People and; Business: Nice Gucci outfit for sale

WHEN Paolo Gucci, flamboyant member of the Italian fashion dynasty, died recently, he was still bankrupt, having divorced his wife and suffered financial ruin three years ago. Now Mr Gucci's American -appointed trustee in bankruptcy, Frank Sinatra (apparently, Sinatra is a common name in New York Italian circles), is using a British accountant David Coyne of Buchler Phillips to sell the Gucci country house and stud farm in Sussex, Millfield Farm.

Anyway, the farm made big news recently following Mr Gucci's death, since the horses in the stud farm had no one to look after them, and eventually had to be rescued by the RSPCA.

Interestingly, Mr Coyne was appointed to sell Millfield Farm by Judge Ferris, the same judge who criticised Buchler Phillips for charging more than it recovered for creditors from the estate of the late Robert Maxwell. Nice to know there is forgiveness in the Royal Courts of Justice.

NOW THAT the Queen has opened the Financial Services Authority's new head office in Canary Wharf, London, the pressure is on to complete the regulator's senior appointments. Yesterday The Treasury named another four non-executive directors to the board, and a deputy to Howard Davies, the FSA's chairman, will be unveiled "any day now".

One of the four appointees, Gill Knott, is about to step down as chief executive of Proshare after five years at the helm.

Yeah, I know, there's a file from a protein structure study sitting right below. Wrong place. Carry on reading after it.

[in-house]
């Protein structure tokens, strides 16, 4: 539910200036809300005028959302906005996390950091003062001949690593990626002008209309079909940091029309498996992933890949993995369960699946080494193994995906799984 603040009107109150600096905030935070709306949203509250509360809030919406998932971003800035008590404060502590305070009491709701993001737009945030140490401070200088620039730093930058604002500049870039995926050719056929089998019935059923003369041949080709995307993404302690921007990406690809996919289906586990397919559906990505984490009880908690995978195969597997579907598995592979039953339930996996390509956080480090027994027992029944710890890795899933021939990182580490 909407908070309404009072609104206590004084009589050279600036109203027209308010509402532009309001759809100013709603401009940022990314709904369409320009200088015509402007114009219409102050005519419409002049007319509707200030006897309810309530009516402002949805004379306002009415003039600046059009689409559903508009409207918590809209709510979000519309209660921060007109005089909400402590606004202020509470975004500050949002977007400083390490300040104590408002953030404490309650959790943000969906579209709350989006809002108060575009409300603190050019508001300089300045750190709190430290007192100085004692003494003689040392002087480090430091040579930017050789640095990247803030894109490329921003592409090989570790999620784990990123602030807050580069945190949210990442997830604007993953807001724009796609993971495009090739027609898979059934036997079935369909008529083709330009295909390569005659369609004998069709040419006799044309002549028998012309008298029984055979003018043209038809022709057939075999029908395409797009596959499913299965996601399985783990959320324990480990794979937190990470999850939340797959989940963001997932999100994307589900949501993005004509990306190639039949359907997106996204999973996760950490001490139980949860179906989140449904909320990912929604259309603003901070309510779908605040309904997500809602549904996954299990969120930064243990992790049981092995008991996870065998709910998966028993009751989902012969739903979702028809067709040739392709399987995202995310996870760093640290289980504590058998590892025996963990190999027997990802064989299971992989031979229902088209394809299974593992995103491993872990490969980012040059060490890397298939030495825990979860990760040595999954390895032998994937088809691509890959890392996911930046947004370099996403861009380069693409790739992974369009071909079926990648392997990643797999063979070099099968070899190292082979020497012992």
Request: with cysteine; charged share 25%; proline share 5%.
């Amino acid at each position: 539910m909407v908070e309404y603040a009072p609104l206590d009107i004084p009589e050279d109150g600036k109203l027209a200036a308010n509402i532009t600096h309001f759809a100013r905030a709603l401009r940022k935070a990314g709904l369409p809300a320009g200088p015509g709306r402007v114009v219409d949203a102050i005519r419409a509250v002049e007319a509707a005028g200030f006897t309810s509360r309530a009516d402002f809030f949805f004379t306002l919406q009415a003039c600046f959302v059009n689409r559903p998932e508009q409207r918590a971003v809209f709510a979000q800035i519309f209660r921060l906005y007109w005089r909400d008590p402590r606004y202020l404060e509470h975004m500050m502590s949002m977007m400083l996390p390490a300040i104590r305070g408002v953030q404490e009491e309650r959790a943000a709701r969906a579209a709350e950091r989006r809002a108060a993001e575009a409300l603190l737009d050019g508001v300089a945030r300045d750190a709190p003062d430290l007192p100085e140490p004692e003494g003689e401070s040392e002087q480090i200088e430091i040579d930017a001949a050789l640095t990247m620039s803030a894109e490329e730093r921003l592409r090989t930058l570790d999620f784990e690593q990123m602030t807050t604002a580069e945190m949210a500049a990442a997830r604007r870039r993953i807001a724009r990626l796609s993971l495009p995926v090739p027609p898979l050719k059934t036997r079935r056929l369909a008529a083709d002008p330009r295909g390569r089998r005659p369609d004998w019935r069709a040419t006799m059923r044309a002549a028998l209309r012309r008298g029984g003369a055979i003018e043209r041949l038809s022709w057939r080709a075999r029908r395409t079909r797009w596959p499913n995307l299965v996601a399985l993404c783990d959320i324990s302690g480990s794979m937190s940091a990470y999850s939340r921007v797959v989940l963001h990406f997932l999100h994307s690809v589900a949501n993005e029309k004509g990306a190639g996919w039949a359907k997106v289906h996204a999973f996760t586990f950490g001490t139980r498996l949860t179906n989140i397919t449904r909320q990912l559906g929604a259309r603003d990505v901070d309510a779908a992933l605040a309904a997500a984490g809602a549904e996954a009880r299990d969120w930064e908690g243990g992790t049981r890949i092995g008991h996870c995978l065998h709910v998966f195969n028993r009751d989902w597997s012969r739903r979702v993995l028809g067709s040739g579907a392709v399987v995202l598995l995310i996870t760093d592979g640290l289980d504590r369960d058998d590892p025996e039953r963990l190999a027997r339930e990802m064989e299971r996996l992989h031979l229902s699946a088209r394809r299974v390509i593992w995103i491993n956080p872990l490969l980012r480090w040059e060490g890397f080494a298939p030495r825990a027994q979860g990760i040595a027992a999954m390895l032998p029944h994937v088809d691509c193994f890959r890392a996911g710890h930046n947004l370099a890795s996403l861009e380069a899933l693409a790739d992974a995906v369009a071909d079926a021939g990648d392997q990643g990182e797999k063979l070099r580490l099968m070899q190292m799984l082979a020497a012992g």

Under her leadership the non-profit body has grown the number of investment clubs in the UK from about 300 18 months ago to over 3,000 today, in its campaign to educate the public about share ownership.

Ms Knott says she fought off between 400 and 600 other applicants for the FSA job. Is she looking forward to working in London's Docklands, I ask?

"Yes, that's fine," she laughs. "Its so important for UK Plc and the community at large that the FSA gets it right - there's a real lack of public confidence in financial services at the moment."

The other three joining the board are Moira Black, chairman of the Riverside Community Health Care NHS Trust, Shamit Saggar, a senior lecturer in government at Queen Mary & Westfield College, University of London, and Keith Whitson, group chief executive of HSBC.

STEVE MELCHER faces one of the biggest challenges of his career - as the newly appointed general manager for Sun Life of Canada in the UK.

The American educated Brit was chief executive of Allied Dunbar and Eagle Star before leaving BAT last year, ahead of their merger with Zurich.

Mr Melcher has now resurfaced at SLoC on an undisclosed package. He is joining a company which suffered its first ever world-wide loss this year. SLoC had to set aside over pounds 300m against pensions mis-selling and annuity guarantees problems, and was fined pounds 600,000 by the Personal Investment Authority for failings in its treatment of pension mis-selling.

All this and they're planning to demutualise next year, a move which will value SLoC at pounds 2-pounds 3bn. The company's 200,000 UK policyholders are looking forward to windfalls of pounds 1,000 each. Whatever happens, Mr Melcher won't be bored.

TONY ABBOTTS, a project manager with International Mining Consultants (IMC), has won the British Consultant of the Year award for helping to build Egypt's first underground coal mine.

The UK's Department for International Development (DFID) lent pounds 50m to Egypt for the project, much of which has flowed back in the form of orders for mining equipment. The mine at Maghara is the only underground coal mine in the Middle East, so the Egyptians had to start from scratch, as it were.

FACT OF the day: The UK's per capita consumption of petrol is the highest in Europe at 597 kilograms in 1997.

The global analysts Euromonitor say we use a total of 35 million tonnes, second only to Germany's 38.2 million. No one else comes close - Italy is third with 17.7 million, while Ireland and Norway use an ozone-friendly 1.5 million.